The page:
- If you are booking online, make sure the company has been trading for a period of time and has the credentials of a good tour firm. Many review sites will back them up if they are good.
- Check the local tourism office as they may well have good deals with local tour companies, and it is more likely the tourism office will have vetted them.
- Beware of the unlicensed touts on the street who are here today but gone tomorrow. But if you do make a booking with a street tour tout, do not give out your payment card details and hold off paying for the tour till your on it.
Credit Card Fraud
Credit card fraud has become commonplace in the modern day, but we never think it will happen to us. Be extra careful when using your credit card to make payments or to withdraw money from an atm, whether its home or away!
- Always check the amount you are paying before entering your pin number and check your balance when you make payments to ensure you have not been overcharged for goods or that a scam has taken place.
- Always check your statements and challenge any payments you are not sure of with your card provider.
- If you think a purchase is too good to be true, it probably is, best save your time, money and a whole lot of grief by not making the transaction.
Buying tickets for a plane journey, a tour, excursion or even a concert should be done through respective the originating company or licenced agents to ensure you don't get ripped off.
Levels of fraud have never been higher and it's hard to detect a good purchase from a bad one. Fraudsters have become so sophisticated with modern copy technology making it very hard to detect phoney tickets from the real deal.
For most, they won't receive the promised tickets that in some cases cost £000s if not £0,000s of pounds. If you are lucky, you will receive a confirmation email from the scammer. In the likely event, you are sent tickets, they will look real to you, but just wait till you try and use them. Best to be wise!
Car Hire Scams
Booking car hire is a fairly simple process and with so much competition it's often cheaper to book car hire than pay for local transfers from ports to destinations - or is it?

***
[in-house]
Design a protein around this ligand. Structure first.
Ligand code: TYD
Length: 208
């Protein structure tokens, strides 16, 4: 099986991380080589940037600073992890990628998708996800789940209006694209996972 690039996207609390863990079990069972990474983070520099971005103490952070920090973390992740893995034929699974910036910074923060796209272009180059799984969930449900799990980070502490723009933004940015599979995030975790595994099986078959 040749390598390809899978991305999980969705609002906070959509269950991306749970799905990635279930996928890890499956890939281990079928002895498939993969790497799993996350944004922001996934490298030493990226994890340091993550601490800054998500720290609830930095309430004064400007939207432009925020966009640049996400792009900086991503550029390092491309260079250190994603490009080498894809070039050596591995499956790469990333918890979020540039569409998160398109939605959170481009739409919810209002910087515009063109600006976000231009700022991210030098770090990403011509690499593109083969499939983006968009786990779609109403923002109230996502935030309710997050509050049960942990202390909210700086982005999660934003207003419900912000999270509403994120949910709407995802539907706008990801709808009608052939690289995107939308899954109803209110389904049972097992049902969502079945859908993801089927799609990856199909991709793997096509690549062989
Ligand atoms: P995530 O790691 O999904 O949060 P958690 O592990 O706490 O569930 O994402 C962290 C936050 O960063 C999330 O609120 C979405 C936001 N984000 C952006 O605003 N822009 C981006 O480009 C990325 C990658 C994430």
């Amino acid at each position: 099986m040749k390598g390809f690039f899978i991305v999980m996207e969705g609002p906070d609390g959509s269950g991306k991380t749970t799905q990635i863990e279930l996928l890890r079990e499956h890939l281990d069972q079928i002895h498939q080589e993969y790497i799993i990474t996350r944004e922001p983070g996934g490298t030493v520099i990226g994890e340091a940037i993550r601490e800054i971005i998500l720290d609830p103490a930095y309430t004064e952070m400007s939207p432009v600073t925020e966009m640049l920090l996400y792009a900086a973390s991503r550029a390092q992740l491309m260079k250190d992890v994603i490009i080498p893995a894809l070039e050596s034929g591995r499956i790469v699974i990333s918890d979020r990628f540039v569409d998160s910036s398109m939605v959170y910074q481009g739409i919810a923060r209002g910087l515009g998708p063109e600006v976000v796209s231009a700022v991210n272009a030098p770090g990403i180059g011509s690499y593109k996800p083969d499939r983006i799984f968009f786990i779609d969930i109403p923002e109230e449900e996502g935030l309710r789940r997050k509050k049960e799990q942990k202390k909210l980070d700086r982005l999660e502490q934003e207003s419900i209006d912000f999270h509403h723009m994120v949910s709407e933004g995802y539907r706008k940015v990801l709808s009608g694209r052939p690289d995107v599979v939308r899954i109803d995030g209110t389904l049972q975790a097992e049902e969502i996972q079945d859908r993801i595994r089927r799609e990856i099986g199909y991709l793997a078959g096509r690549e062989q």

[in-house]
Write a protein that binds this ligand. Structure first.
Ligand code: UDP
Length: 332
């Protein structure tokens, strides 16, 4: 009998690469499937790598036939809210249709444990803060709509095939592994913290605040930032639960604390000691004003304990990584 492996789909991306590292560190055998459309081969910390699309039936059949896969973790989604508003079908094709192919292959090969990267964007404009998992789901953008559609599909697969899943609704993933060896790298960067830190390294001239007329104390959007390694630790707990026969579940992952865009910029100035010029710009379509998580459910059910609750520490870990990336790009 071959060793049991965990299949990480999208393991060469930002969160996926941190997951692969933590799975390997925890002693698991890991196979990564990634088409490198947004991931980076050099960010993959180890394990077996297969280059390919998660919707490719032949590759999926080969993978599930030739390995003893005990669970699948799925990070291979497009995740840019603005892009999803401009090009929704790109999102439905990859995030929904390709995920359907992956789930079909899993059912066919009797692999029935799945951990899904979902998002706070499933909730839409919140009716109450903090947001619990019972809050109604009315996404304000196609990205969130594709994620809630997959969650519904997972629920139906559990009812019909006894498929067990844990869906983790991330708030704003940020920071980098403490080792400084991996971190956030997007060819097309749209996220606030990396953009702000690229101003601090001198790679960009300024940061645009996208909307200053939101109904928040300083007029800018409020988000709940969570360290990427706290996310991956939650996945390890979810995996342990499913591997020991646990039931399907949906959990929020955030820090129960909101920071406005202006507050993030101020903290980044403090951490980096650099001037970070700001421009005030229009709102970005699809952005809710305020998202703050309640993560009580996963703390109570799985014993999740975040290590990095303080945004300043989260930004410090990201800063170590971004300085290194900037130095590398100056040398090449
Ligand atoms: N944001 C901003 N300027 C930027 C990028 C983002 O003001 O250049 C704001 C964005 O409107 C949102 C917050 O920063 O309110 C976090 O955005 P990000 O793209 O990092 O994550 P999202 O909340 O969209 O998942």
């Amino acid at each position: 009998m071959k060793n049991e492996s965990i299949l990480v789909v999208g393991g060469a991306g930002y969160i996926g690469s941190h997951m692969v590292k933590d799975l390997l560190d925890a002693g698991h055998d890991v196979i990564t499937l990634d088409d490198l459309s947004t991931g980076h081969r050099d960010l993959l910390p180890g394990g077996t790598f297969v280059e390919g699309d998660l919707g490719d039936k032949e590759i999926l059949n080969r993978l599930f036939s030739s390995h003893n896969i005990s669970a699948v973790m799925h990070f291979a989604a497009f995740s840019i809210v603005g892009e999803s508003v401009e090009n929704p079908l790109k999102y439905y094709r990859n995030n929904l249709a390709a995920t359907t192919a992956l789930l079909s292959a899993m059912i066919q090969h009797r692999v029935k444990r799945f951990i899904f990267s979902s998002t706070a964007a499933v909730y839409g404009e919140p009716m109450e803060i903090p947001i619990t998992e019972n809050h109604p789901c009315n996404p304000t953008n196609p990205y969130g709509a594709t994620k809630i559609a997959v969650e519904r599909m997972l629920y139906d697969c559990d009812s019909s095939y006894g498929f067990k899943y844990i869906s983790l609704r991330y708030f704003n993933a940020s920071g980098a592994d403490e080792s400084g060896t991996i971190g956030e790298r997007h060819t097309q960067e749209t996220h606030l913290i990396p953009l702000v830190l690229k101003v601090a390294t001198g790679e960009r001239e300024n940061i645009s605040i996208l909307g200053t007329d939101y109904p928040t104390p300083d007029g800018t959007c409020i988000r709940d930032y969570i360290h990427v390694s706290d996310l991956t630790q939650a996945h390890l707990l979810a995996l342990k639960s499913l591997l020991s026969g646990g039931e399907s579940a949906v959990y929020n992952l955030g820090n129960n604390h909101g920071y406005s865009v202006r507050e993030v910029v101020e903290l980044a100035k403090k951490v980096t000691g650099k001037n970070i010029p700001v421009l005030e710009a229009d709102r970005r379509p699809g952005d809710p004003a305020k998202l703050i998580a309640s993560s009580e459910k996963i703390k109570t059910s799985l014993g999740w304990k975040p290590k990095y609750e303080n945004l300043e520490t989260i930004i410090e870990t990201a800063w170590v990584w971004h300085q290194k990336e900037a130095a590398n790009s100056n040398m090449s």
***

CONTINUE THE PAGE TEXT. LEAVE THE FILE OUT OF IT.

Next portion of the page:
There are a number of things to remember when booking car hire:
- Check the fuel policy before booking on the hire or broker's site. Often it's better to book on a full to full basis - You take the car out full of fuel and you bring it back full. It's not uncommon for hire companies to charge for the fuel and refund this back when the car is returned full.
- Booking car hire only becomes a headache once you go to collect the car. This is where you get bombarded with all the reasons to buy all the local insurances offered by the car hire company. But you don't have to buy them as there are other cost-effective options! Most car hire agreements come with collision damage waiver, theft waiver and liability insurance, but they have hefty excesses. If you book car hire via a broker like e.g. "AutoEurope.com" and take out their refundable excess cover, you don't have to worry about taking the car hire companies extra insurance cover. If you don't take the refundable excess cover and have a crash, you will have to pay some or all the excess cover to the car hire company. If you regularly hire cars, you can buy an annual "car hire excess" policy which covers all your excesses and costs around £40. If you do buy an annual policy, make sure it has breakdown towing cover, as this is not always included in the car hire agreement. The car hire companies insurances can add hundreds of pounds to the cost of your booking if you decide to take them, as this is their way of making money. They will give you the hard sell, so be prepared.
- If you need to top up the fuel in your hired car before returning the car to the hire firm, try to do this from a non-motorway filling station or ones near the airport as they tend to be very very expensive.
The decision is yours at the end of the day!
The Fake Holiday Company Scams
There are many travel companies offering great deals, in fact, some too good to be true, more often they are because they are scams. You have to take extra care not to be scammed by these wizards who copy or clone other big well-known travel company offers and websites.
Always do your homework before booking a holiday or buying a product from an online holiday company, especially if they are cold calling you. Check their online presence and credentials, check to see if they are registered with ABTA and have an ATOL licence. Don't always assume that the number they have given to you to call them back on is a legitimate company. These people are very sophisticated, get advice before making any decisions and making any payments.
In all circumstances, if you are unsure and suspicious, it's always best to seek advice.
Never make bank transfer payments, as there is no trace if a problem later occurs and never give your credit card details out unless you are 100% sure and you have done your homework on the company in question!
NOTE - Information contained in this article was accurate at the time of publishing and should be used for guidance only. Whilst we make every effort to keep our information up to date, public information is constantly changing and therefore, no responsibility will be accepted if this information becomes out of date or which warrants this information to be inaccurate.
(Image by Artem Bali on Unsplash)